Central government has made major revisions to its policy for controlling provinces’ energy use. Consumption caps have been loosened and renewable energy will no longer count towards consumption totals.
The aim is to make the policy more flexible, so energy needs can be met and poorer provinces can catch up economically.
The revisions have major implications for renewable energy development, coal-to-chemical facilities and equality between provinces, according to the action plan for energy conservation and emissions reduction (2021-2025) released by the State Council on Monday.
The “dual controls” policy – of controlling energy consumption and energy intensity (meaning energy used per unit of GDP) – has been a key driver of China’s decarbonisation since its implementation in 2006.
Observers believe the revisions will have a mixed impact on China’s emissions trajectory.
The discounting of renewable energy from consumption totals removes a key barrier to developing renewables fast enough to reach carbon neutrality by 2060. Provinces can now consume green electricity knowing this won’t affect their precious energy allowance.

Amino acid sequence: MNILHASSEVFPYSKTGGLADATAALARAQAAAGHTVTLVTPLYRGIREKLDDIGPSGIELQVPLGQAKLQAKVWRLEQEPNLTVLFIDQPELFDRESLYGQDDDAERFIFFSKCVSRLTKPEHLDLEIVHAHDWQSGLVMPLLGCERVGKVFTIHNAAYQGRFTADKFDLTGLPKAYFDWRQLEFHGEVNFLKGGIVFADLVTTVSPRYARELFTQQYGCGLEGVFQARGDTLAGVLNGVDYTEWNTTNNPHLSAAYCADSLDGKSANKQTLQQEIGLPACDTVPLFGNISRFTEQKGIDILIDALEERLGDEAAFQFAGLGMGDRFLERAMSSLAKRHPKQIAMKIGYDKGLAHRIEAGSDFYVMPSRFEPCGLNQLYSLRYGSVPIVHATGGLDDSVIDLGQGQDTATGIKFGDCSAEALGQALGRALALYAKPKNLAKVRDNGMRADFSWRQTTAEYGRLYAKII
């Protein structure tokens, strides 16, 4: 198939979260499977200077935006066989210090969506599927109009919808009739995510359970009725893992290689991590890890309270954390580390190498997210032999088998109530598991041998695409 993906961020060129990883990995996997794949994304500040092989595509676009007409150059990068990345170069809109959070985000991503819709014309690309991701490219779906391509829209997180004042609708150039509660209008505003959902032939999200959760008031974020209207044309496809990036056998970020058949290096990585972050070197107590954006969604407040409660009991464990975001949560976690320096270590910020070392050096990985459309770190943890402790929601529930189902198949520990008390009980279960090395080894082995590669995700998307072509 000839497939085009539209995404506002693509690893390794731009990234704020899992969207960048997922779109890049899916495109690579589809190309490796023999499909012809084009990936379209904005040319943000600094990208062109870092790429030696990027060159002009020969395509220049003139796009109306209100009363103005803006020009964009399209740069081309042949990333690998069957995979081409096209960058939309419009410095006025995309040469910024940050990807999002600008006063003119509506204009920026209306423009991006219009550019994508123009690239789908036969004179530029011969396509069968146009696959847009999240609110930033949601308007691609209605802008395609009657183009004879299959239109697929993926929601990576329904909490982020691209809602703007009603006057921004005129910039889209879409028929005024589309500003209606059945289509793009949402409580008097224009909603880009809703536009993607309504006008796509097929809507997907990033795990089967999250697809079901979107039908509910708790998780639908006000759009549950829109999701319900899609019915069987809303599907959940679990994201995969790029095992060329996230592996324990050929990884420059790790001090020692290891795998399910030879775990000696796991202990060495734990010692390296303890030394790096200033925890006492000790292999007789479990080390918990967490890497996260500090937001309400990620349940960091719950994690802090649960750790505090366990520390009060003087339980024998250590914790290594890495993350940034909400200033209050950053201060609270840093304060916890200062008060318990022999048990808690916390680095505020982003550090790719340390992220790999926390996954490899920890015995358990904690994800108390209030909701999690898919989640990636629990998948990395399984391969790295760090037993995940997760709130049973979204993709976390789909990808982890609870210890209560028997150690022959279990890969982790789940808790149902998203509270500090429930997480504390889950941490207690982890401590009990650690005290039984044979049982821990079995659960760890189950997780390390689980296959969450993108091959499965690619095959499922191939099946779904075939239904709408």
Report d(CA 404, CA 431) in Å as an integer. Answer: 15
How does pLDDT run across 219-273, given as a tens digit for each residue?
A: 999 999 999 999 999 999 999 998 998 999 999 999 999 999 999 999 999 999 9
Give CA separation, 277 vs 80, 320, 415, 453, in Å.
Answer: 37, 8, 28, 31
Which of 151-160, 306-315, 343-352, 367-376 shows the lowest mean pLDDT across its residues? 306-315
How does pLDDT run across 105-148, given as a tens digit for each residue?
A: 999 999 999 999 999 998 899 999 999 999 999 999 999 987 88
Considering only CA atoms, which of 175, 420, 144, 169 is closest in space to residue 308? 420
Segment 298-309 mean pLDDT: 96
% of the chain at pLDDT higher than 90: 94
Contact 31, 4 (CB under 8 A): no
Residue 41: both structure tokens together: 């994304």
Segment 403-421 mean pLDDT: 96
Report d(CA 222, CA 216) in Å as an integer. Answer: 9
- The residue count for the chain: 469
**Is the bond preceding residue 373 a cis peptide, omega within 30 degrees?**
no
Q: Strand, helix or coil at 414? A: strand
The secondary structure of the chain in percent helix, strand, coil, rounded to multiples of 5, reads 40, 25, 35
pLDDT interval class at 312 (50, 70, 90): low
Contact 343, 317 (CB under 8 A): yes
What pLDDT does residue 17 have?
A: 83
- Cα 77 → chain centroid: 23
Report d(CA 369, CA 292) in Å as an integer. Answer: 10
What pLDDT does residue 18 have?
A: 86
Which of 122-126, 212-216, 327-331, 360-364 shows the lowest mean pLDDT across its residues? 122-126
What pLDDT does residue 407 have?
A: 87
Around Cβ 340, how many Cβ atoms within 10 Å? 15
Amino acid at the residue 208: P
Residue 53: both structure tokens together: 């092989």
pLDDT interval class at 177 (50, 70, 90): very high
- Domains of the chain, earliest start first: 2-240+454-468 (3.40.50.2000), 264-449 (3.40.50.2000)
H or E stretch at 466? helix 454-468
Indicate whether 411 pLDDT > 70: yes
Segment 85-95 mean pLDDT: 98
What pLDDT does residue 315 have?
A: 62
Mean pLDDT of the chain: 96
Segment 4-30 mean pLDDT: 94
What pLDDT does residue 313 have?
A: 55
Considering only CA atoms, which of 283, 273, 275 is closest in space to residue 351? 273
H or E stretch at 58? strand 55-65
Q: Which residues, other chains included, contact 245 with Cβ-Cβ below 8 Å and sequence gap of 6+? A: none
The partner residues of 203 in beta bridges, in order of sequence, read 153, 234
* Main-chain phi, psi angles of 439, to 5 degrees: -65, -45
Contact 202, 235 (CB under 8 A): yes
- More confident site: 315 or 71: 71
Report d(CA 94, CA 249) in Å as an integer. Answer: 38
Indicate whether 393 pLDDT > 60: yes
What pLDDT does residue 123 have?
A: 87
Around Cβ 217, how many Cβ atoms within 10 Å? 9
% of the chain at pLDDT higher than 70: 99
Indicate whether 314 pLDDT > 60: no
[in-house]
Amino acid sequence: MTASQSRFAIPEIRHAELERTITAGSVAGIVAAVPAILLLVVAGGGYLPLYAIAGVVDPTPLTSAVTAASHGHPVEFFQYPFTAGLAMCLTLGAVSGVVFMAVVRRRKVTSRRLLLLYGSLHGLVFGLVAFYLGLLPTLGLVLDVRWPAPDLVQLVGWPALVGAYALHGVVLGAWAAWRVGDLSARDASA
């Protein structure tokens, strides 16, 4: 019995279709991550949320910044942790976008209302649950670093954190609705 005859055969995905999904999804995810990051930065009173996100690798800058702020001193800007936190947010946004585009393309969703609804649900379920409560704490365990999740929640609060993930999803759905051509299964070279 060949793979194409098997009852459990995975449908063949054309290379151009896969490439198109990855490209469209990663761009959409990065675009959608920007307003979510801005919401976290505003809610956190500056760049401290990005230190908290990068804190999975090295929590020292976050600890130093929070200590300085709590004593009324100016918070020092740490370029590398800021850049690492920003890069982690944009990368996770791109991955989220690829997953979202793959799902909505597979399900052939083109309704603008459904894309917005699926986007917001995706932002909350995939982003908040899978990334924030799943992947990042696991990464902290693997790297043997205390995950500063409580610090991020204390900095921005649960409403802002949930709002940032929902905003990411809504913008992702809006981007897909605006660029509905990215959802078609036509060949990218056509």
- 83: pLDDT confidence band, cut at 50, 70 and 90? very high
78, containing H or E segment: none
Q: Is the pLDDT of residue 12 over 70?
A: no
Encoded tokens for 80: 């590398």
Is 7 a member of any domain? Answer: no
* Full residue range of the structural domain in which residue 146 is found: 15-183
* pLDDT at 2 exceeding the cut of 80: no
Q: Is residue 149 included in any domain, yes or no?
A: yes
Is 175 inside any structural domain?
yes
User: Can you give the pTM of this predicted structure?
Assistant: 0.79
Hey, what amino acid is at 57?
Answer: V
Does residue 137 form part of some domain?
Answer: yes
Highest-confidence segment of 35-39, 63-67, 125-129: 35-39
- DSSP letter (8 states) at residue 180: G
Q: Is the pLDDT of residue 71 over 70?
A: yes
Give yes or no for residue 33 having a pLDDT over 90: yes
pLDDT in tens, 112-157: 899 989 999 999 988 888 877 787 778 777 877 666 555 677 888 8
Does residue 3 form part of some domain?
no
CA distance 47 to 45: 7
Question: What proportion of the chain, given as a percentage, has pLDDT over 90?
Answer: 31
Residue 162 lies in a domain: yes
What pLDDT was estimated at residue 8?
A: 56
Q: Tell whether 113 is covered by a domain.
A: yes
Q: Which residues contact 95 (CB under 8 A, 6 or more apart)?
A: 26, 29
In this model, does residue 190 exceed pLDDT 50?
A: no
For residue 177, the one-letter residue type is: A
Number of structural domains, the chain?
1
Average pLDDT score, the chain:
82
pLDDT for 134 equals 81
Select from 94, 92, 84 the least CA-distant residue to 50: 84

Other exemptions may provide incentives that are less promising for the climate. Use of coal and oil as feedstocks for chemical processes, such as in coal-to-chemical facilities, will no longer figure in provinces’ energy consumption or intensity calculations. Such processes mostly just change the form of the energy rather than consume it, the argument goes. But research shows coal conversion still generates substantial emissions and is very water intensive. The exemption is considered a boost to the coal-to-chemical industry, whose coal use was previously kept on a tight leash by energy quotas.
Overall, the revisions make energy consumption caps less binding, while doubling down on energy intensity. Under the new rule, a province overachieving its GDP growth target will be allowed to go beyond its energy consumption cap “accordingly”, as long as it hits its energy intensity target. This will be a relief for poorer provinces, which felt rigid energy consumption caps limited their ability to catch up on economic growth.
China has committed to reducing the energy intensity of its economy by 13.5% between 2021 and 2025.
Read China Dialogue’s earlier article on the dual controls policy for more.